In recent weeks, the U.S. and North Korean governments have been engaged in a heated exchange prompted by North Korea’s continued development and testing of nuclear warheads.
On Sunday, Sept. 3, nine days before the beginning of the U.N.’s 72nd session, seismic readings of 6.3 in the Pacific Ocean indicated that North Korea’s most recent nuclear weapons test was bigger than any other that has been conductedin North Korea, according to the BBC. North Korean state media called it a “perfect success” and a “very meaningful step in completing the national nuclear weapons programme.”
As North Korea has taken to the testing grounds, President Trump has taken to Twitter, expressing that the U.S. is prepared to use “devastating” military action if necessary, according to CNN.
Last Monday, North Korean Foreign Minister Ri Yong Ho claimed U.S. President Trump had “declared war” on his country in response to his inflammatory tweets. The same day, the White House Press Secretary Sarah Sanders responded, stating that the suggestion was “absurd.”
This war of words between North Korea and the U.N. could be pushing the region closer to the brink of an accidental conflict, but both countries are still determined to avoid conflict at all costs, according to CNN.
“North Korea is being quite careful so that there is no accidental clash,” South Korean Liberty Korea Party lawmaker Lee Cheol-woo said.
In many ways this is much more a stalemate between the two countries as nuclear powers, neither ready to take the step towards war yet neither willing to step down, according to Fox News.
“The North Koreans assume that the threats will be enough to restrain United States action but the United States might be thinking the same thing,” the Stratfor vice president of strategic analysis told CNN. “So you end up in a situation where a provocation from one side is seen by the other as an actual move towards war.”
Junior Hallie Hite said that it’s been discouraging to watch the U.S. respond to North Korea as they have.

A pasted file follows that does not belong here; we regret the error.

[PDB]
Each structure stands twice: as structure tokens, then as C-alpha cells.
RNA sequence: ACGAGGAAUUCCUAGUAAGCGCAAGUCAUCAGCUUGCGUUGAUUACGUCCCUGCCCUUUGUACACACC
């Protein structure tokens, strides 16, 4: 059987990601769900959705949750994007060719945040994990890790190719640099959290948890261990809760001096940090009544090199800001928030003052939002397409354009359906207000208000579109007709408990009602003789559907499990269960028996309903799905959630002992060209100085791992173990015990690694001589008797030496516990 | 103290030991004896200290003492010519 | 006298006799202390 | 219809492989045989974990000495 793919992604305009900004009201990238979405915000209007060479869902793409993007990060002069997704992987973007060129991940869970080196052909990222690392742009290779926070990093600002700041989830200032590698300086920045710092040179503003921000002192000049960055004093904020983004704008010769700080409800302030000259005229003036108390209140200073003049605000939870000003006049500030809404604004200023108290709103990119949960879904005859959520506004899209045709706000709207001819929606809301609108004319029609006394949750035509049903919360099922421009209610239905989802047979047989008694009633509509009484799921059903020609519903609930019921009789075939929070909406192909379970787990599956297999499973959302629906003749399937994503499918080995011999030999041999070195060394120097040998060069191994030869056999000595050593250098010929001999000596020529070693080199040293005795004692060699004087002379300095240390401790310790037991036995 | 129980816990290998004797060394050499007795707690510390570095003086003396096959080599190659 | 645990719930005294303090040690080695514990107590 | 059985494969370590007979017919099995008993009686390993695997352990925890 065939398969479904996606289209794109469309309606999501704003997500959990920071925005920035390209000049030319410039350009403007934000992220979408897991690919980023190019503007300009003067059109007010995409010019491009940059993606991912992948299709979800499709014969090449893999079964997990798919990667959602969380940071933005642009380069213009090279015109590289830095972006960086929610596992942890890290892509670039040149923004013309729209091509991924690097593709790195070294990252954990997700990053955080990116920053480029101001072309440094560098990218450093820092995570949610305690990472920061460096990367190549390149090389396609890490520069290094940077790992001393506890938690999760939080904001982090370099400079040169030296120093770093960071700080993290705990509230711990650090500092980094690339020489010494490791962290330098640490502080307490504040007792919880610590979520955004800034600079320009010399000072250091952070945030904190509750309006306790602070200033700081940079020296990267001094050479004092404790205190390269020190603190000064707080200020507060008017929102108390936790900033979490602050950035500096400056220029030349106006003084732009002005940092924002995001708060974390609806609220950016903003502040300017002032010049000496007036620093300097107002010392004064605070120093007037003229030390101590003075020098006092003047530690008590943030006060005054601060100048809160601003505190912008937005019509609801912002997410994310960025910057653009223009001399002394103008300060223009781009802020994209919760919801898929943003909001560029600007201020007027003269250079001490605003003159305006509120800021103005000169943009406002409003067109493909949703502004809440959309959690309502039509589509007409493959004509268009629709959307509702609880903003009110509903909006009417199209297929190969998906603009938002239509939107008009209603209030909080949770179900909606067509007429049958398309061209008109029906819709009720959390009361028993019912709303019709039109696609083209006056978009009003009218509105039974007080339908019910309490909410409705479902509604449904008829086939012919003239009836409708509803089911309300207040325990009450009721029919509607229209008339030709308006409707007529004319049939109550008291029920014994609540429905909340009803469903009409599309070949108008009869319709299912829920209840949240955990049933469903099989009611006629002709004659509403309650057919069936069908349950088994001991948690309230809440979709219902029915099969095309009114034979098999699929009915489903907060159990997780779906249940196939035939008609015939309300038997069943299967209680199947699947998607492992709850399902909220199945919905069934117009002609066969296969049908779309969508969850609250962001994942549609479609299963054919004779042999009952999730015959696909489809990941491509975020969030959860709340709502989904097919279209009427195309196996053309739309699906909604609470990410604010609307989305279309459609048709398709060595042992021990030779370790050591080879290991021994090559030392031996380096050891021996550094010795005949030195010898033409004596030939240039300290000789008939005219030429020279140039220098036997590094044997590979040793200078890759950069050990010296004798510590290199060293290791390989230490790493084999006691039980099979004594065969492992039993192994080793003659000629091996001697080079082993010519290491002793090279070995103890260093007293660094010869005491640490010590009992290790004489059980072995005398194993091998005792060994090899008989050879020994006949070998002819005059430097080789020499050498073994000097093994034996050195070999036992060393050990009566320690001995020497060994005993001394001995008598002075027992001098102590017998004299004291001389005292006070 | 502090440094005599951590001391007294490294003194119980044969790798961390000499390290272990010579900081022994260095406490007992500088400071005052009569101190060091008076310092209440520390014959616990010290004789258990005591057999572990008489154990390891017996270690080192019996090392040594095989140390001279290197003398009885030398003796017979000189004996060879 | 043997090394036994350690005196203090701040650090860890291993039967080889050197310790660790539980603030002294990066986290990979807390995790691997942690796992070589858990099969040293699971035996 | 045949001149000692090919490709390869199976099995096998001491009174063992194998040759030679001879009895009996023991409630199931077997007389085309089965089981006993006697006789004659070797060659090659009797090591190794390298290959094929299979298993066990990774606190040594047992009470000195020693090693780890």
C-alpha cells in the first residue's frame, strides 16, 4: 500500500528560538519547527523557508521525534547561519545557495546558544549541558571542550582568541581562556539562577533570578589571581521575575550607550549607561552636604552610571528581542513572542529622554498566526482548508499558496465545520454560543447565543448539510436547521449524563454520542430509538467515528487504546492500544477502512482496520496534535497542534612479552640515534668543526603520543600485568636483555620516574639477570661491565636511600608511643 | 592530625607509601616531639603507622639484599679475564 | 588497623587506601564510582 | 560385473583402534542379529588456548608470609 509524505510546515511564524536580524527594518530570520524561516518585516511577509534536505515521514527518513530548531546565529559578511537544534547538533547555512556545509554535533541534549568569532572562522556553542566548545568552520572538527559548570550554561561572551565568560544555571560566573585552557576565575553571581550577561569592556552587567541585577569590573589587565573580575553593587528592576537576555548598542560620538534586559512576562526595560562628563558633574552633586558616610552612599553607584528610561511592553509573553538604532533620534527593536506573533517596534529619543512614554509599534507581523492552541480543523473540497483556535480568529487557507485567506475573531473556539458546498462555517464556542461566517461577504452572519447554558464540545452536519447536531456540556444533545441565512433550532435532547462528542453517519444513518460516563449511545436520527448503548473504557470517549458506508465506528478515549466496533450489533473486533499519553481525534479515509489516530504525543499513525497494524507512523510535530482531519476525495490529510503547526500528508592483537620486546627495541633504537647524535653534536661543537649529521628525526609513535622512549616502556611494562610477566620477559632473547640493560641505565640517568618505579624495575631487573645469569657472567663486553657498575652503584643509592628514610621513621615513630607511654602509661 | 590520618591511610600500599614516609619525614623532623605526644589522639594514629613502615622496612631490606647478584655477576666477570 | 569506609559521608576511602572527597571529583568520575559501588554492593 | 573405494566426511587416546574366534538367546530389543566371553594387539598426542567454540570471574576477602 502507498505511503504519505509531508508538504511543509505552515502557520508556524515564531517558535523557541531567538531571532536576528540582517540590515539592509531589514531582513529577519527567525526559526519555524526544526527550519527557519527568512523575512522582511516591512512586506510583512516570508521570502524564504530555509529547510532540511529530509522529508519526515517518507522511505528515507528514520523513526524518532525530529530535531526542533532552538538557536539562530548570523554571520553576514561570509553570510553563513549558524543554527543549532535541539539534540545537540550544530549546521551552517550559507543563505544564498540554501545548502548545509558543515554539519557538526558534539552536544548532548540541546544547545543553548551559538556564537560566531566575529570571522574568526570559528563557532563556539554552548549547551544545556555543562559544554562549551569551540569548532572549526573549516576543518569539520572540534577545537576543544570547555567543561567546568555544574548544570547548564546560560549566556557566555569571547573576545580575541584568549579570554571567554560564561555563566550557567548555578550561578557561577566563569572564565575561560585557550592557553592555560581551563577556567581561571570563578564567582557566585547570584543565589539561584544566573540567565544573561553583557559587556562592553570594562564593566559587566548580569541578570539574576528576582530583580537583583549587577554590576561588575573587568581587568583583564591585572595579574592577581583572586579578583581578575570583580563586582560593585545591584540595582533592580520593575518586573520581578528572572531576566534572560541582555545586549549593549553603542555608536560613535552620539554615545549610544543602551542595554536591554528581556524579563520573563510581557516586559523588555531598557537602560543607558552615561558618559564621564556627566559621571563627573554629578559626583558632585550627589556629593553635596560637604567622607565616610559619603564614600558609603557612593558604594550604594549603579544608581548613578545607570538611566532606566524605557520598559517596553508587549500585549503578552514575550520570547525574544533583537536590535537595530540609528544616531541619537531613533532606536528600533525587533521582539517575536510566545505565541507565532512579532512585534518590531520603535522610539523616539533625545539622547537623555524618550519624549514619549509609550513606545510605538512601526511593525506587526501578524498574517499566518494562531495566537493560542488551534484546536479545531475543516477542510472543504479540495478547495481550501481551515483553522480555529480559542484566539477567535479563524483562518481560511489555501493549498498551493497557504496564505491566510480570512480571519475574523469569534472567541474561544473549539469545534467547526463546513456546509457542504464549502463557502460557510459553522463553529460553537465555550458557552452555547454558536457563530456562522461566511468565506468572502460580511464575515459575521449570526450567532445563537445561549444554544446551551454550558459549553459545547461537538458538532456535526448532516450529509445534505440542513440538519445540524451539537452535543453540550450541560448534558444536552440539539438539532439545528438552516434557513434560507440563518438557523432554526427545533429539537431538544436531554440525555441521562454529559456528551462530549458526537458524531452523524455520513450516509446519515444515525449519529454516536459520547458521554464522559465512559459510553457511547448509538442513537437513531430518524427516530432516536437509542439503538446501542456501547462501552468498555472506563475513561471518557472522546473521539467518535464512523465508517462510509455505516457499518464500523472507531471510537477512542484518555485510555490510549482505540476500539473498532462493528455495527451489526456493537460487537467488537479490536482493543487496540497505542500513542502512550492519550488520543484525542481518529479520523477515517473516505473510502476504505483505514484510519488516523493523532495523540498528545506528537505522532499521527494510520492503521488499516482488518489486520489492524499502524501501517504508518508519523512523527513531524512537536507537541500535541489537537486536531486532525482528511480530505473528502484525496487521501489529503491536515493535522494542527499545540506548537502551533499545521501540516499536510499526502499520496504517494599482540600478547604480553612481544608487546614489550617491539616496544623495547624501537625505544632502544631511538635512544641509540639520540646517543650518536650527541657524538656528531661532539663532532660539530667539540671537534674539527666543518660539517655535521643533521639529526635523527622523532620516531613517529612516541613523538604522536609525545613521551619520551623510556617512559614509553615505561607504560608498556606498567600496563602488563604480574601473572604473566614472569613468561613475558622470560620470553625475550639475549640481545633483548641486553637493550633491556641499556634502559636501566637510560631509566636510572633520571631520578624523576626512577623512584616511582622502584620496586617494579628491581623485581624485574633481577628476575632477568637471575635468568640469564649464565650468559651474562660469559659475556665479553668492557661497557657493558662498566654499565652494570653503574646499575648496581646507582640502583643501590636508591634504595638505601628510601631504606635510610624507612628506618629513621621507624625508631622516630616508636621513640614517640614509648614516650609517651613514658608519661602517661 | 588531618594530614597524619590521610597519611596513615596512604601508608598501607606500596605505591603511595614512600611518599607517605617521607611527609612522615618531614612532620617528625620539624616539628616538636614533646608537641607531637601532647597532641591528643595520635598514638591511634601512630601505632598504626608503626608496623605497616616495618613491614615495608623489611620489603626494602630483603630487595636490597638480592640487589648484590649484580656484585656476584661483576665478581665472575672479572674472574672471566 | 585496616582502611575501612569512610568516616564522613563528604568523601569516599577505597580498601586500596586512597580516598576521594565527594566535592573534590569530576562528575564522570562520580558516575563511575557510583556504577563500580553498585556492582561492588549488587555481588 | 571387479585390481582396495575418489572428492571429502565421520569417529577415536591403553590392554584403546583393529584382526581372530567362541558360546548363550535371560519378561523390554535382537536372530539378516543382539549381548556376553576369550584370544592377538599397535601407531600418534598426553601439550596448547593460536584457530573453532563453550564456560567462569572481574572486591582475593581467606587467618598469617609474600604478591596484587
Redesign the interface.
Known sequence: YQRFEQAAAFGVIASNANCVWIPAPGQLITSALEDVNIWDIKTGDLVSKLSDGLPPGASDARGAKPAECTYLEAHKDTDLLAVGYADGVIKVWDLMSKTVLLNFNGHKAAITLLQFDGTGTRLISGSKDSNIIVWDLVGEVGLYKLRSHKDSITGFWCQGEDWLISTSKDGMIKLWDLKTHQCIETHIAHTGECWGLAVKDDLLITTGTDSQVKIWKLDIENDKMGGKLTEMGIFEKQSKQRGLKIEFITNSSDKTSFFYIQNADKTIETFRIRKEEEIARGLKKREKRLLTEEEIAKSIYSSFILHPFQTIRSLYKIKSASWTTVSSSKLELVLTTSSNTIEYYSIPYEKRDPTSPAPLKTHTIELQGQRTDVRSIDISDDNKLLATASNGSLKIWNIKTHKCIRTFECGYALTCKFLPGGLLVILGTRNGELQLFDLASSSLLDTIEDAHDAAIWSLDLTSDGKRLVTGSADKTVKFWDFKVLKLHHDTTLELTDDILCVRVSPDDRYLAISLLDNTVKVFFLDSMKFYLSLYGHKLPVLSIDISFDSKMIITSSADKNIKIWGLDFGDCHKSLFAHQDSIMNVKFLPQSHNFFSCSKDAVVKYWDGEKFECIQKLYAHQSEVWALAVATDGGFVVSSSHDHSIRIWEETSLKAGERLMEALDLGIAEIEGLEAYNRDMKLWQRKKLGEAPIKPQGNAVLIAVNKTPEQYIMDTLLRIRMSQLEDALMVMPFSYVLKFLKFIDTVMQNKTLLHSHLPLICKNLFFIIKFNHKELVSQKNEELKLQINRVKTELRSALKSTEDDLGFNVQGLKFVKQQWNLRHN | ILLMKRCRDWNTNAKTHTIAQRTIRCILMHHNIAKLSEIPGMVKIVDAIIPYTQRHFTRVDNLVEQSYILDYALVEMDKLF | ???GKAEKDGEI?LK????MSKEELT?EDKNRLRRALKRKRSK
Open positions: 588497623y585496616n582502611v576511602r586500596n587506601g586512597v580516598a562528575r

“In the age of social media and global community, every piece of communication by a country’s leaders is crucial,” Hite said. “While North Korea is communicating with weapons tests, the president of the United States is communicating via Twitter and empty threats. This signifies a morose outlook for our country, if the situation escalates to a level where communication keeps us from the brink of war.”
According to Kevin Klein, professor of history and endowed chair of the Department of History and Political Science, North Korea’s verbal aggression is nothing new, but their nuclear weaponry and the temperaments of these newly-interacting world leaders is a novel element in the countries’ relations.
“There have been worse moments than the moment we are at right now,” Klein said. “But we have really different dynamics because of the leadership and because of the culmination of their nuclear program.”
While Klein noted the uniqueness and unpredictability of the personalities interacting, he expressed that heightened aggression between the U.S. and North Korea was an inevitable part of North Korea’s long-term weapons development plan.
“No matter who this current president was, if it was Hillary, Hillary would be facing nuclear-armed, belligerent North Korea,” Klein said. “How would she respond? She might respond differently –– I would think that she would respond differently –– but they would be facing the same problem. This problem precedes the current administration, but it is culminating … You always inherit Korea. Since 1953, you inherit Korea.”
According to Klein, whether or not nuclear war is likely in the near future, North Korea’s weaponization is a cause for concern.
“These are the necessary ingredients for (war) to happen, so people are properly alerted,” Klein said. “It is absolutely appropriate to have this level of concern. There are only five recognized hydrogen bomb countries in the world. So this is a pretty elite club this little hermit kingdom has now entered.”
Written by Justin Duyao and Delilah Pope